Ben-Ari, M. (1998). Constructivism in computer science education. Proceedings of the twenty-ninth SIGCSE technical symposium on computer science education. Atlanta, Georgia, United States: ACM
Continue ReadingMaking computing accessible for all (5/6): Curious computing lessons
Read more about the article Code your own bedroom door sign: python on a BBC micro:bit for beginners
Scrolling text with python on a micro:bit

Code your own bedroom door sign: python on a BBC micro:bit for beginners

This is a BBC micro:bit for beginners tutorial that shows you how to write some python code to turn a micro:bit into a sign you can stick to your bedroom door.

Python is a programming language that’s designed to let you write as little code as possible to make as much work as possible. Writing code on in python on a micro:bit is a great way to get your head around the essentials in python and hopefully have a lot of fun along the way too.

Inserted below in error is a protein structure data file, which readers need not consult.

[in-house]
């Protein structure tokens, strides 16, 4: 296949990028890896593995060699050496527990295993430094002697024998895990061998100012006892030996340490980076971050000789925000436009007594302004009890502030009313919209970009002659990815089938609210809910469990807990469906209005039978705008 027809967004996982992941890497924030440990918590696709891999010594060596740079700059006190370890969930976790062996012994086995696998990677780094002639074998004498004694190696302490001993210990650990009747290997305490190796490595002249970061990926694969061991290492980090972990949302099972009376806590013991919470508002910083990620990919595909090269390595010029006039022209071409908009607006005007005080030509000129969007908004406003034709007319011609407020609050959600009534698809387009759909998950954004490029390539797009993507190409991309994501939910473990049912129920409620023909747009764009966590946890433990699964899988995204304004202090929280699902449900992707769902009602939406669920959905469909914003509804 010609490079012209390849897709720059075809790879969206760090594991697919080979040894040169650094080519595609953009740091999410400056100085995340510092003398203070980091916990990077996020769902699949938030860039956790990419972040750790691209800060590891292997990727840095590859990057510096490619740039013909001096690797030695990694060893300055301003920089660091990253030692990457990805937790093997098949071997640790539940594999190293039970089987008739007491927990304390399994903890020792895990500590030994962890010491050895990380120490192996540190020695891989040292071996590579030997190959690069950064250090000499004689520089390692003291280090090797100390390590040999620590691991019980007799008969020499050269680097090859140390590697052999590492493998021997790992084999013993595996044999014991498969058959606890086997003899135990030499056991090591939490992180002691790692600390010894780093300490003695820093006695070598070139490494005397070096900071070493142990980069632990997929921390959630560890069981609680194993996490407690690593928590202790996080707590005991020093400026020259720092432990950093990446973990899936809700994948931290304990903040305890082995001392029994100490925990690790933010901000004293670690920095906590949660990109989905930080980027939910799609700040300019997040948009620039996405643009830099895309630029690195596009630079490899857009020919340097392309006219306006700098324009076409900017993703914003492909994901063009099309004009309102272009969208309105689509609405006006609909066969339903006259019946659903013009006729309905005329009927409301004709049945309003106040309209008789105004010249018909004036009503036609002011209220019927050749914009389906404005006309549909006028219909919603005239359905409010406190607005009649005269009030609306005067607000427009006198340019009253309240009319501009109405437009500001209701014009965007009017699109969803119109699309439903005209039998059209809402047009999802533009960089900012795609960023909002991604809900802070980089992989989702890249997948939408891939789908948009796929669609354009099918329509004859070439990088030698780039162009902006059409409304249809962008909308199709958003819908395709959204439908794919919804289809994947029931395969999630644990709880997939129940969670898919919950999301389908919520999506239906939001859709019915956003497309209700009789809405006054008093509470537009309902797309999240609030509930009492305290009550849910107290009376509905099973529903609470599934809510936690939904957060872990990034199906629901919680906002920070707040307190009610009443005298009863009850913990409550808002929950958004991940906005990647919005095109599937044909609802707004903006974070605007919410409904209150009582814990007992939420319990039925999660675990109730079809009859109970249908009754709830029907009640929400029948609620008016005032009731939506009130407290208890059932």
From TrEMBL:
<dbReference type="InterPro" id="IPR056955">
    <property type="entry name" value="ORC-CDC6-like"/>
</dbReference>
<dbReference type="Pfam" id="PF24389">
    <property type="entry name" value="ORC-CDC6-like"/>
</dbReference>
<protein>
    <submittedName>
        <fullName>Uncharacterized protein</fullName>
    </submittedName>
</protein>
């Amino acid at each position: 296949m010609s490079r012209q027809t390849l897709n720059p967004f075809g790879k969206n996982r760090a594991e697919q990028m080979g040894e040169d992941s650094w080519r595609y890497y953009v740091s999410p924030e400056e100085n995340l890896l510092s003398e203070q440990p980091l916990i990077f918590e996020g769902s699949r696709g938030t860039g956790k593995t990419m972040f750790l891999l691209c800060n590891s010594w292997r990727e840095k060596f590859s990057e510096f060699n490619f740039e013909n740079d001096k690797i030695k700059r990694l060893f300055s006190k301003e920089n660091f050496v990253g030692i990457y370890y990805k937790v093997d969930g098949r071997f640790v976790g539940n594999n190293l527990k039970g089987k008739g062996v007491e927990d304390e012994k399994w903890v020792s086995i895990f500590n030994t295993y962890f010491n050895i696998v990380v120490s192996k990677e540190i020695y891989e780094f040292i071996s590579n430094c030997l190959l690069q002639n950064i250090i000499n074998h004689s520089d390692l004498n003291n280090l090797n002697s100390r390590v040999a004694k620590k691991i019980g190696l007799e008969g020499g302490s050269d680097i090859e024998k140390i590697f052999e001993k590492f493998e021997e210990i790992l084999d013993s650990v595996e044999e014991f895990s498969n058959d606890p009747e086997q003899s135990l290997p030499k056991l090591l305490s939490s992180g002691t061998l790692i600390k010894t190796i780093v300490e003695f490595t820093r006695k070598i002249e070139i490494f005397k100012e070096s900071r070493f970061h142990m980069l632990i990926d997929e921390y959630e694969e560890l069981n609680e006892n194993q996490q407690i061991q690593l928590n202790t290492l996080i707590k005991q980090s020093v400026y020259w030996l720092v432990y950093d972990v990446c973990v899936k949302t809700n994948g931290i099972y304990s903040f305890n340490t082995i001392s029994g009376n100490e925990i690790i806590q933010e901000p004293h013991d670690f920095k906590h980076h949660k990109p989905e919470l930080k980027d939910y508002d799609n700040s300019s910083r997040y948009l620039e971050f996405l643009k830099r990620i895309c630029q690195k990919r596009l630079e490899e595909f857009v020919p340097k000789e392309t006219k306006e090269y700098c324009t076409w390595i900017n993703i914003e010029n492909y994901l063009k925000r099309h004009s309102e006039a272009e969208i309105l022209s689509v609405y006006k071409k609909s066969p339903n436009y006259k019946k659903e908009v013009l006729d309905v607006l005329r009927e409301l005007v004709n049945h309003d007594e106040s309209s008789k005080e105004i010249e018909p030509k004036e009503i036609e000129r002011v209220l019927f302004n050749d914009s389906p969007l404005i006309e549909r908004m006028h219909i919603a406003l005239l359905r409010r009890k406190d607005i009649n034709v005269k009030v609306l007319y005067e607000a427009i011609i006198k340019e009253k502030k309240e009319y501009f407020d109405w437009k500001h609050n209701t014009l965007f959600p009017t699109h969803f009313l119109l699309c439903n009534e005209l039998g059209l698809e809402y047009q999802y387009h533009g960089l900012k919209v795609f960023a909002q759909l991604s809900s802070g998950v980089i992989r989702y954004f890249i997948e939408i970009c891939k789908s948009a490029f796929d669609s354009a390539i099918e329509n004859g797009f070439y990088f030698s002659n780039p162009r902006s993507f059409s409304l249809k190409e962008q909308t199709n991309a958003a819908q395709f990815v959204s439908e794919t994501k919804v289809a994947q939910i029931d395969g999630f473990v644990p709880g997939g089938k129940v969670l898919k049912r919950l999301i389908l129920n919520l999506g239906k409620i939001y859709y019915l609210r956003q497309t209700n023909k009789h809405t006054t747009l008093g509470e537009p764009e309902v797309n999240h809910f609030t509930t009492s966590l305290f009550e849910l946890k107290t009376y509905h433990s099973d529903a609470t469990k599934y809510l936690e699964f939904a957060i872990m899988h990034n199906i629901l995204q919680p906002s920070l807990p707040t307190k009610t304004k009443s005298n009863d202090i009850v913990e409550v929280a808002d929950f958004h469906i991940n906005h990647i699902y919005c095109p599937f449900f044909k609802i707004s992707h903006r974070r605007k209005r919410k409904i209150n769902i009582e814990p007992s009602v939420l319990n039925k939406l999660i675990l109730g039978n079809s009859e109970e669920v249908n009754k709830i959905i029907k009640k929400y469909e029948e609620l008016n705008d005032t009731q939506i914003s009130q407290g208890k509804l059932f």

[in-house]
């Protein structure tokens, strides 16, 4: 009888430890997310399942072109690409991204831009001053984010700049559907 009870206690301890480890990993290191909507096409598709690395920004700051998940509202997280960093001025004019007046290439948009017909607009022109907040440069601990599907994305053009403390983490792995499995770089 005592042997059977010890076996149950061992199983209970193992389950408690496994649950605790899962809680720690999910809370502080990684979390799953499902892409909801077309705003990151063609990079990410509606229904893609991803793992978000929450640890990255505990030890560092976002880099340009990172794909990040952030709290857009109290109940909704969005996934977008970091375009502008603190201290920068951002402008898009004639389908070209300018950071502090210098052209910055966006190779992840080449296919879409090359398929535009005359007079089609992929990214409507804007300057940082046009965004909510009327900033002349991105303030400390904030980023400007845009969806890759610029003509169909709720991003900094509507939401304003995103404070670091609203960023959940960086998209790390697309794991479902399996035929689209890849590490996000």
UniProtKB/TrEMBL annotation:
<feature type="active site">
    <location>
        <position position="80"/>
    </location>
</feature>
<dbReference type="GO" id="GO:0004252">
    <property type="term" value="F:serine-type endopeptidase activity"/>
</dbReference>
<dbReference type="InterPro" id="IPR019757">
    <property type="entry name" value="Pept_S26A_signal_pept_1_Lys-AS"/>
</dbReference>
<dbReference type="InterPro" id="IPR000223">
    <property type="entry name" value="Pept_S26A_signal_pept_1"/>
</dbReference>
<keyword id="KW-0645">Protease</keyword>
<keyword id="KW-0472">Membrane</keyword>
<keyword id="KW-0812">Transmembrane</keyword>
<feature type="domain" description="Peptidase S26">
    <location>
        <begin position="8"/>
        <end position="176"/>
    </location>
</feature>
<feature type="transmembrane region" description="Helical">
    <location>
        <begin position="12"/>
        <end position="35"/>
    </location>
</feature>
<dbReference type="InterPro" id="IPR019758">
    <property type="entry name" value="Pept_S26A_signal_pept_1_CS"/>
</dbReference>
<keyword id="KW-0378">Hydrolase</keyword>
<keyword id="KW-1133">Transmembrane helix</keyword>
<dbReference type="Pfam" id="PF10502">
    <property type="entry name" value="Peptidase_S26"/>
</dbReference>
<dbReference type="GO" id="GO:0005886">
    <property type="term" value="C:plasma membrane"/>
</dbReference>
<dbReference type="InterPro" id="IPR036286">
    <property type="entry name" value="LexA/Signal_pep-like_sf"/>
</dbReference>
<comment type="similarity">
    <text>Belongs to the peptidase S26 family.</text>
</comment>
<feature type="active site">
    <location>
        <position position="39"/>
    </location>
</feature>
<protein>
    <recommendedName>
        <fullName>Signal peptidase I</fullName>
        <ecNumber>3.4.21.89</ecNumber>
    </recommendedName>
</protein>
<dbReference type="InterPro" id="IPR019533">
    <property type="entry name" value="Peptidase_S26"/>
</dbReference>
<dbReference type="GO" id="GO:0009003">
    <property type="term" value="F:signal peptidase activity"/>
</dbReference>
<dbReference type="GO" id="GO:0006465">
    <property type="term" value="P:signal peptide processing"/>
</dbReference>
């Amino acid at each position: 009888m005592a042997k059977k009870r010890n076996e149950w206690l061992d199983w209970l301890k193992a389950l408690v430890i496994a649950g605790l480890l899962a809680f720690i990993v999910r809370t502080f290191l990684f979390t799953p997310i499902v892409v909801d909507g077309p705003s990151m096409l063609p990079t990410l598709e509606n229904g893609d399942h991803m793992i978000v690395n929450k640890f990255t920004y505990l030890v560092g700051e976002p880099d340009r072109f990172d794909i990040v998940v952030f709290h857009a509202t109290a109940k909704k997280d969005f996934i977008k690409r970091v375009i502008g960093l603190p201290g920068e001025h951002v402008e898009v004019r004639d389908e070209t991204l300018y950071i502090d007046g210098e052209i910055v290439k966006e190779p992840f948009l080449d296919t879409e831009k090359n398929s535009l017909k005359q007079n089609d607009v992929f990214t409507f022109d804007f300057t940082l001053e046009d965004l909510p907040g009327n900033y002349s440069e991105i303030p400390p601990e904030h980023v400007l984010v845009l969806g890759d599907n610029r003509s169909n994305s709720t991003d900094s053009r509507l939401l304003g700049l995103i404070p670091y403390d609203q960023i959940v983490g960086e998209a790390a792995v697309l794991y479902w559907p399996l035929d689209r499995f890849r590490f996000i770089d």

The micro:bit has an LED screen with just 5×5 pixels (dots). This isn’t much compared to the 2880×1800 pixels you might be used to if you’ve got a Macbook Pro but it’s big enough to display simple pictures and text one letter at a time.

Try it with code
Display code on a BBC micro:bit

We’re going to be using the create.withcode.uk microbit simulator to write and test our code. To run the code you can press Ctrl + Enter or click on the run button in the bottom right of the code window.

 

If you want to test your code on an actual micro:bit, run the code in the simulator first then click on the Download Hex button. This’ll download a my_code.hex file that will run on your micro:bit when you drag it and drop it as though you were copying a file to USB memory stick.

 

 

There are two ways of displaying text to the micro:bit screen: display.scroll() and display.show(). What’s the difference? Which do you prefer?